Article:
But by 2019, the possibility of a Valiant universe seemed unlikely due to the complicating issue of rights. Sony kept the rights to Bloodshot but passed Harbinger over to Paramount. If Harbinger Wars comes to pass, the two studios will have to reach a very tricky deal, similar to the one between Marvel and Sony when the former wanted to get Spider-Man, a Sony-controlled character, into the Marvel Cinematic Universe.

Oz and Wonderland

They're two of the most iconic and influential franchises in fantasy fiction, in both book and movie form: L. Frank Baum's stories set in the merry old land of Oz, and Lewis Carroll's Alice's Adventures in Wonderland. Baum wrote more than a dozen Oz books between 1900 and 1920, while Carroll's Wonderland adventures appeared in the 19th century and are so perennially popular and beloved that they've been adapted for the screen hundreds of times

Other than weird things happening to tween girls lost in fantastical worlds of whimsy, Oz and Alice don't have much in common, but that doesn't mean Hollywood can't combine them. In 2017, Netflix acquired a script called Dorothy and Alice written by a California teacher named Justin Merz in which Dorothy is sent to a home for emotionally troubled children, where she meets Alice, both fearful their fantasy lands are in danger. In 2019, screenwriter Anna Klassen announced that she'd been hired to rewrite the script, which could be the first of several Netflix original films teaming up the classic heroines.

Django and Zorro

Writer-director Quentin Tarantino loves to make new movies in old genres that don't get a lot of respect. For example: Jackie Brown feels like a '70s crime movie, Death Proof is a drive-in-worthy horror movie, and Django Unchained is a gritty, revenge-driven, Italian-style Western. It should come as no surprise, then, that Tarantino is interested in Zorro, a character who jumped off the pages of early 20th century pulp paperbacks to take his vigilante heroics in 1800s Spanish California to the formulaic cinema of the 1920s and 1930s.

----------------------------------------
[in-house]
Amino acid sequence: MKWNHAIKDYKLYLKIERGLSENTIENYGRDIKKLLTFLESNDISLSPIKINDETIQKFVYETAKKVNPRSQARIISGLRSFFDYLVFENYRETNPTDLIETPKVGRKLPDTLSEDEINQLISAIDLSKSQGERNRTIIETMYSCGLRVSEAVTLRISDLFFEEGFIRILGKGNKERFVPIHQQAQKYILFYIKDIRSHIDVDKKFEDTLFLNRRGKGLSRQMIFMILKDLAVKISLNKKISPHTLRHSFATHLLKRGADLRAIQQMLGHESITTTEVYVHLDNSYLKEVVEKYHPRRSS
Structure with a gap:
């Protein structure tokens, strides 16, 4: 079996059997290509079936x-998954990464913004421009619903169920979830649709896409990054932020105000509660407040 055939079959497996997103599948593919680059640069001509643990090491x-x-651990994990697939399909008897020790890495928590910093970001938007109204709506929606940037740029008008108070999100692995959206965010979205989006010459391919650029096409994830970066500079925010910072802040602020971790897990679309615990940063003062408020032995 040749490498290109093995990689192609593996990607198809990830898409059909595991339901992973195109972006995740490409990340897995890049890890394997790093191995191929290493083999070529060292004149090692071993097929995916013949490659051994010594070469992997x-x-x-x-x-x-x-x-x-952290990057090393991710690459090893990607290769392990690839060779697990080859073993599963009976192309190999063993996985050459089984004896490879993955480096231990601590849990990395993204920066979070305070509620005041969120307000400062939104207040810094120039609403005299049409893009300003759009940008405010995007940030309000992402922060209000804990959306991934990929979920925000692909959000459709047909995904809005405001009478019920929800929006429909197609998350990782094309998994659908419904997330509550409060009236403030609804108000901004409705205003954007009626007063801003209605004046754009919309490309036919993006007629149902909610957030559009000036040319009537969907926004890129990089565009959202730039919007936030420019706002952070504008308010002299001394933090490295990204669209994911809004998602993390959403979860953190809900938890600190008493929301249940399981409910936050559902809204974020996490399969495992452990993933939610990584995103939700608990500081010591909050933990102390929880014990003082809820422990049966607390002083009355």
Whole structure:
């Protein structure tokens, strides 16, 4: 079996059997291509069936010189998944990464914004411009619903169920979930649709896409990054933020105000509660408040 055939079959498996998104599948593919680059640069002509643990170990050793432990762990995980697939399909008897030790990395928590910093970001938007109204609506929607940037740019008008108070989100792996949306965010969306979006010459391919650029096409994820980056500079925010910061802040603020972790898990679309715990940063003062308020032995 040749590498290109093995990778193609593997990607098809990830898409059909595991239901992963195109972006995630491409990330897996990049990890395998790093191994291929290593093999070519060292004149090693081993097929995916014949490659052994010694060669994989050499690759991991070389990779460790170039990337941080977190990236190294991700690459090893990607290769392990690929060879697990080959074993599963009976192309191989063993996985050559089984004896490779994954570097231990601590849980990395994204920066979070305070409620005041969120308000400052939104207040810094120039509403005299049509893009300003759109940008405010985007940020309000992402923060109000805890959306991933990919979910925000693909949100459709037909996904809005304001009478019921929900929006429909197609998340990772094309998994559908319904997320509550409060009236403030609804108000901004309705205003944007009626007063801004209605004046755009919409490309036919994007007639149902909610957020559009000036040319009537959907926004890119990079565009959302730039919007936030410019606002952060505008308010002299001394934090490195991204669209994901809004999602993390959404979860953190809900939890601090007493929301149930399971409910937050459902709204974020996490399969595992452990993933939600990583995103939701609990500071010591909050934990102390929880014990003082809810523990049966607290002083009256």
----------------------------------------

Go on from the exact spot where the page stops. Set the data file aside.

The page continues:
In 2013, Tarantino, collaborating with Matt Wagner, co-wrote Django/Zorro, a sequel to Django Unchained in the form of a seven-issue comic book miniseries that finds the bounty hunter portrayed by Jamie Foxx going to work as a bodyguard for the masked and mysterious Zorro. In 2019, Collider reported that this print crossover is in the process of becoming a film crossover, too. Tarantino brought on comedian Jerrod Carmichael to help him craft a screenplay based on the comic series. It's unclear if Tarantino would direct the eventual (and so far theoretical) Django/Zorro movie, as he's promised to retire after his tenth film.

Godzilla and King Kong

Not only is there a new epic monster movie battle of the ages crossover coming up, but it also marks the completion of a trilogy. After rampaging through the world and destroying life and property in 2014's Godzilla and 2019's Godzilla: King of the Monsters, the titular green kaiju will once again wreak havoc in Godzilla vs. Kong. 

It's a throwback to the classic Japanese-made Godzilla movies, in which the big guy fought against all kinds of other gigantic mutant monsters, such as the butterfly-like Mothra and brutish, birdish Rodan. And while those creatures, along with the building-scaling ape himself, have appeared in recent installments of Legendary Pictures' MonsterVerse, Godzilla: King of the Monsters will mark the first time some 1962's King Kong vs. Godzilla that the two most famous movie monsters will officially wage war against each other. Godzilla vs. Kong, which also stars humans such as Alexander Skarsgard, Millie Bobby Brown, and Kyle Chandler, hits theaters in November 2020.